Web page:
Responsible CSR/ Sustainability reporting implemented through a structured, methodical approach (identify-measure-manage-change) is of paramount importance for good communication. It provides a solid foundation for companies to succeed in the long-term by building and maintaining favourable reputations and relationships with key stakeholders (i.e. stakeholders that can hold them back or stop them from reaching their objectives). Your responsibly prepared CSR/ sustainability report becomes a valuable source of information and a reference for your company to demonstrate that it is already taking action through a methodical and structured approach – and that it does not leave anything to chance.
Good communication is evermore important in the digital age we live in. Information is instantly and freely accessible throughout the globe and this applies to companies, too: people are able to instantly access information about your company’s policies, the impact of its activity, its reputation, with or without your consent. Whether you are aware of it or not, conversations could be taking place about your company and people take action and make choices based on what information they have available.
Two key questions:
a) Can your company instantly demonstrate by pointing to actions it is taking that it has already identified its most important impacts?
b) Can your company show what it is specifically doing to minimise its most important negative impacts and increase its positive impacts?
Responsible CSR/sustainability reporting acts like a radar for companies by enabling them to be proactive, foresee risks and take action before situations spiral out of control. The well-recognised GRI Standards for CSR/sustainability reporting are an important tool used globally to instill trust in people in our ever-connected world where there is increasing concern about climate change and the protection of our fragile environment. Equally important is that with the GRI Standards, your company gets to build trust and deal responsibly and conscientiously with its impacts on its key stakeholders (clients, suppliers, shareholders, local communities, NGOs or local government) who can hold it back or stop it from reaching its objectives. For instance, it is a well-known fact that trust is a key element in a relationship with clients. By building trust your company creates loyalty and long-term commitment to its services and brands.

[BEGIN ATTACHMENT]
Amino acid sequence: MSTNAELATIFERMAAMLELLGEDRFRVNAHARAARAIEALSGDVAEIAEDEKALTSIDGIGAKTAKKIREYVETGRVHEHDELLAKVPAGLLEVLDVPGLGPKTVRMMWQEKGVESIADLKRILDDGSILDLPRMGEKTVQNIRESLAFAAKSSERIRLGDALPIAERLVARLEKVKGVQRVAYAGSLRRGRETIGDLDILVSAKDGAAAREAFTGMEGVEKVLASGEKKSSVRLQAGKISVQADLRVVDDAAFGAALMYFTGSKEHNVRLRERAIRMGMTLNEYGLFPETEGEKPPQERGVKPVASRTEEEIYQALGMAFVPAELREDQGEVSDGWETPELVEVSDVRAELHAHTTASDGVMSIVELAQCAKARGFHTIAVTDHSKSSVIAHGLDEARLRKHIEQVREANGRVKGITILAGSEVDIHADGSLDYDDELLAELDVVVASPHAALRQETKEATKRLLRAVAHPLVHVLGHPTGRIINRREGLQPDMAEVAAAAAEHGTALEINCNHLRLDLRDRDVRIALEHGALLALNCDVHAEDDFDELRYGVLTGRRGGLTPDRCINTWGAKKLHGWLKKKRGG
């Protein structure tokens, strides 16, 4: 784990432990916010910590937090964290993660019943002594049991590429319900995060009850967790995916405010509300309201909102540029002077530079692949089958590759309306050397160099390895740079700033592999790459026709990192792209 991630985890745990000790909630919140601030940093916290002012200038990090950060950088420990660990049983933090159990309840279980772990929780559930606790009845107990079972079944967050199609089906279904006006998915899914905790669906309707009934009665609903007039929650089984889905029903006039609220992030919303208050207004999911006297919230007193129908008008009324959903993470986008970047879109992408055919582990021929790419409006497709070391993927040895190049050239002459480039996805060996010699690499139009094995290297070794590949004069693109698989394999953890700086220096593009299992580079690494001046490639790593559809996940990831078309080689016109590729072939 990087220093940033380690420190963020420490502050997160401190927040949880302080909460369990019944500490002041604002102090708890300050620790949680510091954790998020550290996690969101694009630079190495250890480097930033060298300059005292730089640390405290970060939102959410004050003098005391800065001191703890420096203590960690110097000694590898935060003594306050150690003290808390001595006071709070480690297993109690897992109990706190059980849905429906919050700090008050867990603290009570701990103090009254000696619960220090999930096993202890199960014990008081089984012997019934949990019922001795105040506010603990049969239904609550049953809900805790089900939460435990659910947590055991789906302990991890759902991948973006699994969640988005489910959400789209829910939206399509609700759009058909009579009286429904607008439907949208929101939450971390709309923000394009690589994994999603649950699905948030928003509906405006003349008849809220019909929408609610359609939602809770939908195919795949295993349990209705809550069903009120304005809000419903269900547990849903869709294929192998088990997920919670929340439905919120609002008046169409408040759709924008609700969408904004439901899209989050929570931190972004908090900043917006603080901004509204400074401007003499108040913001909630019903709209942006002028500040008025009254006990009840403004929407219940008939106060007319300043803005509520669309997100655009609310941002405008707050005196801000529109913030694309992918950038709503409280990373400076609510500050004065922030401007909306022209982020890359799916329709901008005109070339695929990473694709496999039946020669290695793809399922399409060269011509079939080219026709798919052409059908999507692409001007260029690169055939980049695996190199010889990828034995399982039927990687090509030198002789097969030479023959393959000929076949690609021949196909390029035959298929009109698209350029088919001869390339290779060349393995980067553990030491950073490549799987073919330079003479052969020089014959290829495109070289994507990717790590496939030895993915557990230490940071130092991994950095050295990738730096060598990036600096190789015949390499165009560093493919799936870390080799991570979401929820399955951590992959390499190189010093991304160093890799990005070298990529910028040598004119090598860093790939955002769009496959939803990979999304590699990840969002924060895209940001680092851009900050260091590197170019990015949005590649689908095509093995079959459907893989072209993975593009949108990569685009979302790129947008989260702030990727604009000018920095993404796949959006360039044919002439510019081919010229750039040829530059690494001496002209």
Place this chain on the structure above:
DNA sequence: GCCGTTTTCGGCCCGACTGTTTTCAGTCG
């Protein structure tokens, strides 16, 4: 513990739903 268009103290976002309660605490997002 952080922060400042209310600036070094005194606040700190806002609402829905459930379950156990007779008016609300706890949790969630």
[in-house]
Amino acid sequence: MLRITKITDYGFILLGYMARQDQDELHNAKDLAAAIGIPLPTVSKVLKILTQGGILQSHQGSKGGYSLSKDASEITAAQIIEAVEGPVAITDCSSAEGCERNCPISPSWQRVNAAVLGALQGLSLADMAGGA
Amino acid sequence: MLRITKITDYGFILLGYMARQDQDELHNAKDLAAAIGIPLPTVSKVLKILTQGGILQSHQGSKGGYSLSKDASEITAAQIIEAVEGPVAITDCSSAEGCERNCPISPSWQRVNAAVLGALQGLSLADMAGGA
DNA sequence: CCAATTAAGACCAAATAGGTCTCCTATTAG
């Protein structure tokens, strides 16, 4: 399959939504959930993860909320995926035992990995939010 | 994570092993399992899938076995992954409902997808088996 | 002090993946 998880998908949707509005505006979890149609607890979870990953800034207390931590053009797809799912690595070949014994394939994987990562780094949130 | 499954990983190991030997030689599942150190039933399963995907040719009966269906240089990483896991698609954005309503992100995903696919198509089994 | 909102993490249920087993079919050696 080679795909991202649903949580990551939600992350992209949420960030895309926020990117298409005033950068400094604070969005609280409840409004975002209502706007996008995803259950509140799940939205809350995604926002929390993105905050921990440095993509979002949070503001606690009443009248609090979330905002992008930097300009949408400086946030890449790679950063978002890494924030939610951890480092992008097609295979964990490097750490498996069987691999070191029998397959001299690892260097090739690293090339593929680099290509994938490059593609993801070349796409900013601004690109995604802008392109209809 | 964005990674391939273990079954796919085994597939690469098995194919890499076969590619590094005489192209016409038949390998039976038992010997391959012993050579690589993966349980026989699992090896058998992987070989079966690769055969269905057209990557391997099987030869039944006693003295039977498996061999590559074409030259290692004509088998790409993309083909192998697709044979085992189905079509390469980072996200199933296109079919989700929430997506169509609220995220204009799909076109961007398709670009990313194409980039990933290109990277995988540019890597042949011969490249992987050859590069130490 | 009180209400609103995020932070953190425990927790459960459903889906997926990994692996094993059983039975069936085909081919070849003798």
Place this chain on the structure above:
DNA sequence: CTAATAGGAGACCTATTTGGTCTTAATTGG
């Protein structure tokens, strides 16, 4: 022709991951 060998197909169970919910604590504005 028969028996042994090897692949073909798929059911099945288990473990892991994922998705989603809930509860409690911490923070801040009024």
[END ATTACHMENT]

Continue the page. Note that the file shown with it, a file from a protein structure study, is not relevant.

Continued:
To prepare a CSR/sustainability report according to the GRI reporting Standards your first step is to join the next FBRH GRI Certified 2-day course where you will:
- Cornelissen, J. (2011), Corporate Communications: Theory and Practice, third edition, Sage, London.
- Jefferson, S. & Tanton S. (2015), Valuable Content Marketing: How to make quality content your key to success, 2nd Edition, Kogan Page, London.
- Damian, R. (2015), Understanding Social Media: How to create a plan for your business that works, Kogan Page, London.